It was at the college that Lindsay worked with other students to develop 1000 Voices, concerned about the stigma surrounding mental health issues and the problems accessing the help needed.
She hopes one day, once a thousand submissions have been made to the campaign, to show them to the public in an exhibition to further promote her cause.
“I just want people to think about mental health and talk about it,” she says. “It’s an issue worth discussing. I know the Scottish Government has done stuff recently but I don’t think it’s high profile enough.
“I think for young people it is close to impossible to ask for help. You want to please your parents, so may not want to admit to them that something is wrong. You may not feel you can open up to a teacher and when it comes to doctors, a lot of young people don’t even know how to go about making an appointment.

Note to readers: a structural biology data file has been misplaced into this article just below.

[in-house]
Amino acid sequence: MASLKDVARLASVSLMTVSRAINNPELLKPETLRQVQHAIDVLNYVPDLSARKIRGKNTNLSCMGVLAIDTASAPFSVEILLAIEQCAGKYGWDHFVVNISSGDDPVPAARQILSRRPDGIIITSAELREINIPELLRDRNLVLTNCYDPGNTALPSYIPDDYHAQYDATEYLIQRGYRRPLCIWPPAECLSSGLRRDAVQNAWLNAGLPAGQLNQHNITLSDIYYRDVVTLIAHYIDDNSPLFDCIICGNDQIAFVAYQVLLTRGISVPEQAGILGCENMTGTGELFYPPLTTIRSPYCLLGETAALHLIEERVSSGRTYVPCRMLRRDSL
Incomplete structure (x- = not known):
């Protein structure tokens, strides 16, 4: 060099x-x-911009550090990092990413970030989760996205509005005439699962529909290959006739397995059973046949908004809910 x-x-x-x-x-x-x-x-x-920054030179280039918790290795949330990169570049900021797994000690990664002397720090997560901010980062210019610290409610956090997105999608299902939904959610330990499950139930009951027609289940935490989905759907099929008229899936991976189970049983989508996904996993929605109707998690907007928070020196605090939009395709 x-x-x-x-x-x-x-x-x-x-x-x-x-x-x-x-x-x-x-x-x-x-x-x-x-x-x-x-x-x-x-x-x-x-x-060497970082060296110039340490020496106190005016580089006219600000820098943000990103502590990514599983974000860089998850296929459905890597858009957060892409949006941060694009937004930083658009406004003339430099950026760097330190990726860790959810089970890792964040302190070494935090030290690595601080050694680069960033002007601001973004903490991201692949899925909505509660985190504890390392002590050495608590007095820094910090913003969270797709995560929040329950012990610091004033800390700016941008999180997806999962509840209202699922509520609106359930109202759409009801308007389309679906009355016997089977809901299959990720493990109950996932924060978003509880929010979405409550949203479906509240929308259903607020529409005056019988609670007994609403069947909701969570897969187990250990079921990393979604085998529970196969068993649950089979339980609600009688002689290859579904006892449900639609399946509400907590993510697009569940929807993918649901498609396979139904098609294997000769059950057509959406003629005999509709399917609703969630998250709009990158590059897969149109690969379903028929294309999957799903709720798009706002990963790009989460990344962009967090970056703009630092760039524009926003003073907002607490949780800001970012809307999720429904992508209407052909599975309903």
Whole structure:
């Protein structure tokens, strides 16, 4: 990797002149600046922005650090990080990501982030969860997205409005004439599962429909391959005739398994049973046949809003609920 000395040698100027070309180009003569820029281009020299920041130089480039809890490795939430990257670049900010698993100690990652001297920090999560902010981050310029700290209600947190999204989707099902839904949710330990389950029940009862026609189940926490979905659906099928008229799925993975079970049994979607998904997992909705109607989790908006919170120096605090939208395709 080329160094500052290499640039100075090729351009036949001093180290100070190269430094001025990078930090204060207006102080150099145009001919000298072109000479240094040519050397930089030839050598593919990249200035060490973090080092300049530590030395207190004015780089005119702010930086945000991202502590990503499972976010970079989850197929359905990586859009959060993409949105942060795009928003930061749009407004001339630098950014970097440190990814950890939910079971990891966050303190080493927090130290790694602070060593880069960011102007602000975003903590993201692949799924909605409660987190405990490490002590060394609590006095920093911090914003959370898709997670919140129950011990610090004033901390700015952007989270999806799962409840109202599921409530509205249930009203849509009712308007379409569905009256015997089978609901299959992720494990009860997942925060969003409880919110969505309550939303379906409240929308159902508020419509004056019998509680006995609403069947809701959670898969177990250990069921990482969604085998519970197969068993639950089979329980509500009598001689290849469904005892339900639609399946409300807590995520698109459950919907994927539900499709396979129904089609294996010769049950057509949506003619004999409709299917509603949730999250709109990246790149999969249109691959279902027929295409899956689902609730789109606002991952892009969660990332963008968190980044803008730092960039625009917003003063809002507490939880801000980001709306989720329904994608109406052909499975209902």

“Most state schools don’t offer a counselling service, yet they do overseas in the likes of North America. Something like this could help a lot.
“I think the most important thing any of us can do though is to ask people if something is wrong, if we suspect it may be.
“You will never hurt someone by doing it. Just giving them a space to open up can help, but remember how scared they are and how much courage it may have taken to admit something isn’t right.
“It upsets me to think there are people going through this alone and hopefully we can make them see they are not alone. There is a light at the end of the tunnel.”
n Visit Lindsay’s 1000 Voices campaign website at www.1000voicescampaign.com